Long question: I'm trying to test my simple HTTP Server by Telnet-ing alot of requests and seeing how the server reacts. But when i make a typo and press Backspace to erase the previous character, MobaXterm sends ^H instead of removing the character from the string. When i press Shift+Backspace everything works the way i want it to, but after a while this gets very annoying... So, is there a solution that just changes the functionality of backspace?

Short question: Is it possible to make backspace delete a character instead of sending ^H?


MobaXterm also proposes a checkbox setting "Backspace sends ^H" that you can try to toggle (in MobaXterm global settings --> "Terminal" tab).

If you are using a saved session, you will have to edit this session, go to the "Terminal settings" tab and toggle the "Backspace sends ^H" checkbox.

  • I do not have this option in either of the terminal tabs. Using v7.2 on Windows 8. – rmf May 6 '16 at 17:16

The key labeled "backspace" is a matter of contention. Technically, it ought to send ^H simply because that is the name of the ASCII control character. Others differ, because their expectations have been affected by the history of this feature (see Why doesn't my delete key work?).

In a discussion where you say you are typing, the usual connotation (lacking clarification) is that you have started a terminal, then run a program within the terminal. For that case, there is a corresponding terminal initialization, e.g., using a shell and program such as stty. This is run on the local machine (where you are typing). MobaXterm provides stty since Version 3.2 (2011-05-30).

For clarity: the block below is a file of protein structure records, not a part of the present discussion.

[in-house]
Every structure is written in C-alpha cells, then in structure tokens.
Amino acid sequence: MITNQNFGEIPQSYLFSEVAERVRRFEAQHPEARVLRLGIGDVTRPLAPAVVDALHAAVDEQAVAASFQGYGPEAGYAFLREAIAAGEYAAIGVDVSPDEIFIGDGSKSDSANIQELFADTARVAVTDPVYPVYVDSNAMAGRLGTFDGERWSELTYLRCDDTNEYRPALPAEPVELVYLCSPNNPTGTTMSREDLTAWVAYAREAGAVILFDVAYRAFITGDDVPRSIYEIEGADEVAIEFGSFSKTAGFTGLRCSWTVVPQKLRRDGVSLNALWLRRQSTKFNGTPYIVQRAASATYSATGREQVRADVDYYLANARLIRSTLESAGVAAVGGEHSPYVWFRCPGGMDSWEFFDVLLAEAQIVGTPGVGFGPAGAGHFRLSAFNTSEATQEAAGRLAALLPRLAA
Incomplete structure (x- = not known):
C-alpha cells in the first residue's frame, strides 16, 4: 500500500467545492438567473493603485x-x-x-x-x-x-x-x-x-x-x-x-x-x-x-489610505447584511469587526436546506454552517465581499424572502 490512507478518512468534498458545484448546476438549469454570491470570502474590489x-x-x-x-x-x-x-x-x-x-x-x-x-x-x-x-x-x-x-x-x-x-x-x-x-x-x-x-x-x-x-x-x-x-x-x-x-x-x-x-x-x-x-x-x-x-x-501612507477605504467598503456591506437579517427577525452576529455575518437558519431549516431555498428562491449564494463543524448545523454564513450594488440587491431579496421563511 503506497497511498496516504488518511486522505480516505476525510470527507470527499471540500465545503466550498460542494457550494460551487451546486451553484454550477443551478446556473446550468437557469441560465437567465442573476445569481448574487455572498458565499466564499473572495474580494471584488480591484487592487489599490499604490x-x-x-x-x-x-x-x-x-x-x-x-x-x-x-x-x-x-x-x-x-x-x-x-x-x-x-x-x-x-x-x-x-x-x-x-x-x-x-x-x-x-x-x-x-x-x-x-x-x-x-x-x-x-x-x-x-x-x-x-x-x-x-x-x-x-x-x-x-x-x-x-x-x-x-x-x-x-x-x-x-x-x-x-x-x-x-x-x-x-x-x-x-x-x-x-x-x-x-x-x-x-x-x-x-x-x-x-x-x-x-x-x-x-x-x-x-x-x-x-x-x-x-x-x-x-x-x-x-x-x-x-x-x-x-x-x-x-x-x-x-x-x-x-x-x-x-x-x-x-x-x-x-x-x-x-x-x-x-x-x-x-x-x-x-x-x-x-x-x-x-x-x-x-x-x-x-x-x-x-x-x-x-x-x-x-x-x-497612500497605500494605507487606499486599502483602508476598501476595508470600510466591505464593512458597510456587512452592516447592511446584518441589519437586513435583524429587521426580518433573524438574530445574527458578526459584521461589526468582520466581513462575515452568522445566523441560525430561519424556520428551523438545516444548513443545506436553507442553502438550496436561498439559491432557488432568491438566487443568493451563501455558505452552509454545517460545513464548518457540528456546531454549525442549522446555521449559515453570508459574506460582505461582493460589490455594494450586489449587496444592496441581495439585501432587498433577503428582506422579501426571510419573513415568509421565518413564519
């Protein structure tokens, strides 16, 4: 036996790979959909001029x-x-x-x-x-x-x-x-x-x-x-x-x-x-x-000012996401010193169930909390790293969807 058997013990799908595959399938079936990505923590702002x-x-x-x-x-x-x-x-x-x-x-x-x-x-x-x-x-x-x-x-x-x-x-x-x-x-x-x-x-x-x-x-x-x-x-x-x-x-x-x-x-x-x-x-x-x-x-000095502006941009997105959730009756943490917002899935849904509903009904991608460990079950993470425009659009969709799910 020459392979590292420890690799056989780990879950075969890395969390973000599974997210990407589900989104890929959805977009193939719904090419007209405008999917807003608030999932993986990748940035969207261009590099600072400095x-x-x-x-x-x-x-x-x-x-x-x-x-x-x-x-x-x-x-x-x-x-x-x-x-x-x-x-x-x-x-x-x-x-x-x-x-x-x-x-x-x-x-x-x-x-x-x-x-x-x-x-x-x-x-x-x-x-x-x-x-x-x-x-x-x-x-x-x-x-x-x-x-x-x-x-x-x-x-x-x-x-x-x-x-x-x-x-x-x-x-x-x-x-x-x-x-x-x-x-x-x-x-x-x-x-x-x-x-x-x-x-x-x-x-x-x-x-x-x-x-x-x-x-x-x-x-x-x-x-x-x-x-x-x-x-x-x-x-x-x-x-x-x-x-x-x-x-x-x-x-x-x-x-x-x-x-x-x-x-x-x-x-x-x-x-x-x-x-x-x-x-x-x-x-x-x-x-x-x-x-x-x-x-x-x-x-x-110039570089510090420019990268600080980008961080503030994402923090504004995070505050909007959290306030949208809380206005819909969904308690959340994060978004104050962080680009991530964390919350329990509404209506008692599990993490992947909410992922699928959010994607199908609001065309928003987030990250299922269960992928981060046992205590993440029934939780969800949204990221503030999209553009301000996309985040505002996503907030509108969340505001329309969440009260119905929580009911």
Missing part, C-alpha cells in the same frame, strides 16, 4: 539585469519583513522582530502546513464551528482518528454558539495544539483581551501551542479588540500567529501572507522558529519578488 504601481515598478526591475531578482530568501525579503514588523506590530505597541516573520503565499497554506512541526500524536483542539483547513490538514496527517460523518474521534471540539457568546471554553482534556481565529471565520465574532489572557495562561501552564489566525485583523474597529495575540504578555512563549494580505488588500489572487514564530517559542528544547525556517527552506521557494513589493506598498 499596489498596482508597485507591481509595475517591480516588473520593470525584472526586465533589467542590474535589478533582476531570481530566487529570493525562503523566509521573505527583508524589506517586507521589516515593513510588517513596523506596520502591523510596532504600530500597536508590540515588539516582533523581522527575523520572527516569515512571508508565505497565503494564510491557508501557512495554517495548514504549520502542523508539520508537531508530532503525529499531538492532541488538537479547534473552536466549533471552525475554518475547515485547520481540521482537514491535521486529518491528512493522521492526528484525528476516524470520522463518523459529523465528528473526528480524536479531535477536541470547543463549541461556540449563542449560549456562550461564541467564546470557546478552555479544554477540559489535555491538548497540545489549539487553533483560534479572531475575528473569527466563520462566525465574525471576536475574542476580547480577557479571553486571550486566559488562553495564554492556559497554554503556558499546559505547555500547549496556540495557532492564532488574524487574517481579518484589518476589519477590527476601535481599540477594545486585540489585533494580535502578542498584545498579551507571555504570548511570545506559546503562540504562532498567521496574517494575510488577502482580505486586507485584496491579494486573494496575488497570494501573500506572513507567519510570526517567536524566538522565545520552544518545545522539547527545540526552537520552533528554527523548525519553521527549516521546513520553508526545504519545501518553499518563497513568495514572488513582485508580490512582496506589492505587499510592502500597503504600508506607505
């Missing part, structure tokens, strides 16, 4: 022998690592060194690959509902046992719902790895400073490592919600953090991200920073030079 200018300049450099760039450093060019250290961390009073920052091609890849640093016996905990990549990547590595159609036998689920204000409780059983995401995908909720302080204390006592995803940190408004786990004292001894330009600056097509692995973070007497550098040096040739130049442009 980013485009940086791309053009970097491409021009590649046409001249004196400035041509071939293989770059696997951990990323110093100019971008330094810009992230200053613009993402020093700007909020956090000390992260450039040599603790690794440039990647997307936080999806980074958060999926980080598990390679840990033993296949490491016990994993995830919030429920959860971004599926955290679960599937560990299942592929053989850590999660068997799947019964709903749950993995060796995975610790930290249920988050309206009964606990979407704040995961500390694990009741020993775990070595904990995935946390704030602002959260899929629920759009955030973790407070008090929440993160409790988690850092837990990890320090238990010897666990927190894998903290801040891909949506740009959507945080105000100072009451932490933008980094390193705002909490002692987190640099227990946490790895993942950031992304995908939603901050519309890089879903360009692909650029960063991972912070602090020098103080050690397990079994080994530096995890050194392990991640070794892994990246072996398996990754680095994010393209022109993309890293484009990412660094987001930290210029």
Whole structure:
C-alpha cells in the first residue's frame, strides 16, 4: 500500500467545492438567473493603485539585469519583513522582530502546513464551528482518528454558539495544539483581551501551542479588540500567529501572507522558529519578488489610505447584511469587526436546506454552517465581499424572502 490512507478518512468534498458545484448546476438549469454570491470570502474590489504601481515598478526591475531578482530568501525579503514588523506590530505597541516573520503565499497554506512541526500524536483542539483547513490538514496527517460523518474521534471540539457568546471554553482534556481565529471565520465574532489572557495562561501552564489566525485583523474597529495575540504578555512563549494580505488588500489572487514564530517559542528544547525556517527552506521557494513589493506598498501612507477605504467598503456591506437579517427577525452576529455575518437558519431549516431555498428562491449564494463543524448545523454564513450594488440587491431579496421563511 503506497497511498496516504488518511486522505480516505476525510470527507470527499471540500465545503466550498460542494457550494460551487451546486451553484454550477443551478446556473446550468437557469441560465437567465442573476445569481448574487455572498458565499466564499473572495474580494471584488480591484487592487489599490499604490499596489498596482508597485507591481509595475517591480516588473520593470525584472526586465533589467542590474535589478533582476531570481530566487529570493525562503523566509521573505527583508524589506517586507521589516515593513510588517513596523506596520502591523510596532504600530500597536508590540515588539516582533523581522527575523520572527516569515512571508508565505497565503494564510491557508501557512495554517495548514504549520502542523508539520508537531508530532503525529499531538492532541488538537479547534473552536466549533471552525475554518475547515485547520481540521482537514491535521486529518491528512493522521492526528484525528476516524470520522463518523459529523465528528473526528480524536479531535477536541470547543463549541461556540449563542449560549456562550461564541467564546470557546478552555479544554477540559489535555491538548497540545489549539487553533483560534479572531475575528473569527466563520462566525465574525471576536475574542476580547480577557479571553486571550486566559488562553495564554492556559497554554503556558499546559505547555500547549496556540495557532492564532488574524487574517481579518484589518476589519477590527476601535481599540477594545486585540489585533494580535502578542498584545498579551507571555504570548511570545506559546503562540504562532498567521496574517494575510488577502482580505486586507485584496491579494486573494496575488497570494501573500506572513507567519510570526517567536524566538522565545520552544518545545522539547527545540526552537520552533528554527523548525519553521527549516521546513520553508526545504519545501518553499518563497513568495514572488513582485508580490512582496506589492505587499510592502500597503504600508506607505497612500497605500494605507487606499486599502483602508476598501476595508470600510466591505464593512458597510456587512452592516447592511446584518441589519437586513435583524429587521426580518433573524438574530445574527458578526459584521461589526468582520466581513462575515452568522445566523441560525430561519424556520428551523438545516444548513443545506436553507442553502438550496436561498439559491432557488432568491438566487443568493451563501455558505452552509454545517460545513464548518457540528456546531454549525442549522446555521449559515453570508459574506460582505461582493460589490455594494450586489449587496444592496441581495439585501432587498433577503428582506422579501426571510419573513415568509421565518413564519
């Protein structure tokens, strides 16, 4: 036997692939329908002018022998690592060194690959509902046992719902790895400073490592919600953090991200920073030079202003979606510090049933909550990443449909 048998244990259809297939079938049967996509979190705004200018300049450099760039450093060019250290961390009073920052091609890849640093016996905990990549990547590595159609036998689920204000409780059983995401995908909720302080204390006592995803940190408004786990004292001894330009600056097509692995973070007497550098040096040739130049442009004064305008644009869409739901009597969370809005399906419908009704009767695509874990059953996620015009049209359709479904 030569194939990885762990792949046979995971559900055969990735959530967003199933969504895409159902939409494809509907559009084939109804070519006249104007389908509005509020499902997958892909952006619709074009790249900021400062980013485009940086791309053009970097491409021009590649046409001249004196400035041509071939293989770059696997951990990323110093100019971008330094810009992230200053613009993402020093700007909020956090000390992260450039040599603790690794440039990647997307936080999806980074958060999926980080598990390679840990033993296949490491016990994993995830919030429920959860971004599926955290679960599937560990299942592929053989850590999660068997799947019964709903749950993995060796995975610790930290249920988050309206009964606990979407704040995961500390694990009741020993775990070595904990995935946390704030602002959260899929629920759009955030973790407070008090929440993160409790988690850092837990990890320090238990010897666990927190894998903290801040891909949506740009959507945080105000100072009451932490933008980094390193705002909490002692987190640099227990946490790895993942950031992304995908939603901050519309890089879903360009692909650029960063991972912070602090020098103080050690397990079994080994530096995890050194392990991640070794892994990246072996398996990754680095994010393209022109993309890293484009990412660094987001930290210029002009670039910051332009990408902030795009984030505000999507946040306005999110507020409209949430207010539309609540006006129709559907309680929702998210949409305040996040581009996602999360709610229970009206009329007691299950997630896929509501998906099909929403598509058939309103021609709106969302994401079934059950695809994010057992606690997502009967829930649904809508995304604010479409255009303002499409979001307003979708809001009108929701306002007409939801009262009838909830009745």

Given that, if MobaXterm sends ^H, your terminal initialization should use

stty erase \^H

See for example What does the command stty erase ^H do?.

On the other hand, you could have (not apparent in the question) constructed a situation where the terminal is started in a manner that precludes using stty to make the application and terminal consistent. Or you may have some other reason for changing the behavior of the backspace key. PuTTY (like xterm) provides two mechanisms for this:

  • one (originally implemented in rxvt) lets you use the shift modifier to toggle the code sent from "backspace" between ASCII backspace (BS = 8 = ^H) and delete (DEL = 127, often shown as ^?).
  • the other is the terminal configuration (a dialog setting in the Keyboard section of the Terminal section).

xterm provides a third mechanism which PuTTY appears to lack (see XTerm Control Sequences):

CSI ? Pm h
      DEC Private Mode Set (DECSET).
            Ps = 6 7  -> Backarrow key sends backspace (DECBKM).

If PuTTY did implement that, your application could set the behavior of the terminal directly. Rather, during initialization, PuTTY checks the initial state of its configuration and (depending on platform) also checks (like xterm) the terminal modes set in the device, and chooses a backspace versus delete behavior which you can accommodate or amend as noted.

  • Unless i'm not getting something, This is a command you would type in a Unix/Linux terminal, My HTTP Server is definitely not a Unix/Linux terminal. Read long question... – DutChen18 Oct 30 '15 at 5:00
  • Thanks for the clarification, i misunderstood your first answer. One last question: Where can i edit my terminal initialization and add stty erase \^H. My problem is already solved, but if i don't find an answer to this question, it will bug me untill i forget about it... – DutChen18 Oct 30 '15 at 22:19
  • MobaXterm uses bash; if you add your stty commands to the .bashrc in the starting directory for the terminal window, it will execute those in MobaXterm. Checking a copy now (personal edition 7.7)... it's set to use ^H. Pressing control+backspace sends ^?. There is no checkbox in this version for backspace, but using control+backspace works well enough. – Thomas Dickey Nov 1 '15 at 1:38

Your Answer

By clicking "Post Your Answer", you agree to our terms of service, privacy policy and cookie policy

Not the answer you're looking for? Browse other questions tagged or ask your own question.